It’s been about a month since you started the leaning or “cutting phase” of our workouts, so I thought I’d write to you and see how things are going, give you some more advice, and give you a little pep talk.
First of all, I know that the schedule for changes in your diet seems very slow to you. You are eager to “get ripped” and so I know you want to start dropping calories right away. I just want to reiterate (even though I know I’ve said this to you before) the worst thing you can do is drop your calorie intake too quickly.
Let me describe for you how your body reacts when you suddenly drop your calorie intake. First of all, your body feels like it needs to alert you to this sudden change, so it starts sending you “I’m HUNGRY” signals all the time. I’m sure you are already feeling hungry on the plan that we are on, but it would be even worse. Second of all, your body starts freaking out and thinking it’s starving, so every time you eat it will decide to store some of the energy for later… as fat. Moreover, when you do need energy it starts burning muscle along with fat in order to reduce your overall body mass. Finally, since you’ve shifted into starvation mode, your metabolism slows down, meaning that you are tired all of the time.
So to sum up: If you cut your calories all at once, you will be hungry and tired all of the time, and you will lose all of the muscle gains that we’ve worked so hard to achieve in the last several months.
The way to prevent this from happening is to ramp your calorie intake down gradually. So, for example, this week we will shift one of the protein shakes that you drink from Syntha-6 to Carb-Free Isopure, which has lower carbs and fat and fewer calories. In two weeks, we will cut one of your oatmeal servings from 1 cup down to half a cup. Two weeks after that, we will get rid of that peanut butter sandwich that you usually have mid day. And so on: making a small adjustment every two weeks.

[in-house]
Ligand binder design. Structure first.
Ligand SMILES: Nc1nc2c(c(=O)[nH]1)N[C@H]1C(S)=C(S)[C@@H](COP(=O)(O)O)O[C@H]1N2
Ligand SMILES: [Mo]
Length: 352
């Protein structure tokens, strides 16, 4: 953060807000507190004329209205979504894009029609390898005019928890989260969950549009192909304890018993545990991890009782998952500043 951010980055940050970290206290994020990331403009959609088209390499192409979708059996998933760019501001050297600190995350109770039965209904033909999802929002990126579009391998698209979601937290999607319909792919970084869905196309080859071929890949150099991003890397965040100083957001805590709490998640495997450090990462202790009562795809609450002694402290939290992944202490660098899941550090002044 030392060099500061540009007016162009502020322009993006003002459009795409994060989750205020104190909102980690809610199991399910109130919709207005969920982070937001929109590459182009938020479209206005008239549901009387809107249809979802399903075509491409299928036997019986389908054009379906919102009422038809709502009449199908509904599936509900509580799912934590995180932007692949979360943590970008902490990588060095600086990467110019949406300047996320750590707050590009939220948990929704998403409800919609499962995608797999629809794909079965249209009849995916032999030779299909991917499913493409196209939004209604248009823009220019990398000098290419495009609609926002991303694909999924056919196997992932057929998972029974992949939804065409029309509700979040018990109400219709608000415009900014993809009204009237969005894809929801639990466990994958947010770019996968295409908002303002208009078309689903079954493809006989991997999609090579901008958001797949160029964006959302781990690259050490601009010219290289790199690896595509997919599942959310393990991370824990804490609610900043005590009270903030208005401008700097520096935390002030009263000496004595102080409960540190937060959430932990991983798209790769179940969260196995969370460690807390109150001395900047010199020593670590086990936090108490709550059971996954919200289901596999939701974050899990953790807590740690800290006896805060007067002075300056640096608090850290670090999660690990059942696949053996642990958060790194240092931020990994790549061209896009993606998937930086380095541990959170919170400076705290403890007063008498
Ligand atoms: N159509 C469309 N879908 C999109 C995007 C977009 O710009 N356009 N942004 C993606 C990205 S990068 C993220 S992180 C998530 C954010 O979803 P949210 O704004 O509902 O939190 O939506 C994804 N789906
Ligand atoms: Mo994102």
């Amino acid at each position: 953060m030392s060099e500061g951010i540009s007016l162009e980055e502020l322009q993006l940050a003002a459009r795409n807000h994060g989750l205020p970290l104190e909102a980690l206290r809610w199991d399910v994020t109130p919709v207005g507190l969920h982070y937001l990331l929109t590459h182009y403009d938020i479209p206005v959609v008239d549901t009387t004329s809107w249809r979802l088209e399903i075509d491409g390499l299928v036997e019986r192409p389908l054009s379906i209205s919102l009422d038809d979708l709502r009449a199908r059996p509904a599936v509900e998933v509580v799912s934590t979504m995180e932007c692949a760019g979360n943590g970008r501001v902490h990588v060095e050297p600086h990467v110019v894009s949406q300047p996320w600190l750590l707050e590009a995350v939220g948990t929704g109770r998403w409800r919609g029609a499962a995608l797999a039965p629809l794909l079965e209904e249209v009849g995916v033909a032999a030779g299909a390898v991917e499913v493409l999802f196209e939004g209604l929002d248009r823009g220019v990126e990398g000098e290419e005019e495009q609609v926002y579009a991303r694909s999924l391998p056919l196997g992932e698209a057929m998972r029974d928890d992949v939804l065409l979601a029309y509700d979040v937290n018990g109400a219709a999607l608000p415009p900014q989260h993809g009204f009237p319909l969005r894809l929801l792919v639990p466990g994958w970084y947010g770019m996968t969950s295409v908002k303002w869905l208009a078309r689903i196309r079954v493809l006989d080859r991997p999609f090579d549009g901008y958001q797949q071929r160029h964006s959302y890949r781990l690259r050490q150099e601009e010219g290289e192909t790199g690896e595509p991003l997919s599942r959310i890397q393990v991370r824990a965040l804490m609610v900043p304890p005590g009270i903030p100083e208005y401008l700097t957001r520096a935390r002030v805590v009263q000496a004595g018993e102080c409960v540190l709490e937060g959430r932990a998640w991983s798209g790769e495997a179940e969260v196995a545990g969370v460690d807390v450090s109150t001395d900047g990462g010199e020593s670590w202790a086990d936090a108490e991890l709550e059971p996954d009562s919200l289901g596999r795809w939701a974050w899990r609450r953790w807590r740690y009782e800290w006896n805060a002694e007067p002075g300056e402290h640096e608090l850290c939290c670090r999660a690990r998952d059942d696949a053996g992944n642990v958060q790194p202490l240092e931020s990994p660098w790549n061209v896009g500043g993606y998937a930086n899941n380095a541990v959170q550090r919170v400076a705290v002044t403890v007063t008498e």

If we notice you getting too hungry too fast, we may even make it slower and wait 3 weeks in between adjustments. The real point of this is to establish a pattern that looks something like this:
Each time you cut something out, your body will react at first by feeling a little more hungry than usual. Work through this, and your body will get used to the new calorie intake level, and the hunger will go away again. Once your body has adapted fully to the new calorie level, we will drop it down again. In this way, we won’t create any “shocks” to your system… we will simply be gradually leaning you out.
So now the next question is: how should you deal with the periods where you feel hungry? These are the most “dangerous” times–those peaks in the hunger graph–because if you cheat, then the whole system gets messed up. So how should you cope with the hunger?
I’m sorry man, but the fact is… there’s not really much I can say here. You just have to deal with feeling hungry. This is where sheer raw will-power comes into play.
I mean, I could get all Obi Wan on your ass and say something like, “You must feel the hunger flowing through you! Use the hunger, let it give you strength!” Or maybe I could paraphrase the Litany of the Bene Gesserit: “I will face my hunger. I will permit it to pass over me and through me. And when it has gone, there will be nothing. Only I will remain.”
I could tell you that you can’t be scared of feeling hungry, you can’t think of it as meaning that something is “wrong.” While you are going through the “cutting phase” of your routine you will probably feel at least a little bit hungry between each of your meals during the day. If you can, don’t think of that feeling as meaning “I need food.” Instead, re-program yourself to think that that feeling means nothing more than “I’m getting leaner!”
I could tell you to make it as hard as you can for yourself to “cheat.” Don’t keep bad food where you live, if possible. Make it so that the only way you can eat really tasty bad-for-you food is by going to the store to get it: this will make you less likely to go through all the effort.
I could tell you to distract yourself and do something when you are hungry. You feel a lot less hungry if you are taking a walk, reading a book, doing basically anything else than just sitting around and thinking about how hungry you feel.
And if you absolutely can’t stand it, munch on some raw vegetables like celery or cherry tomatoes. Hopefully, that should be enough to keep you from going off the diet plan.
If that doesn’t work, then try the Obi Wan thing. But when it comes right down to it, it’s simply up to you: mind over matter.
Talk to you soon!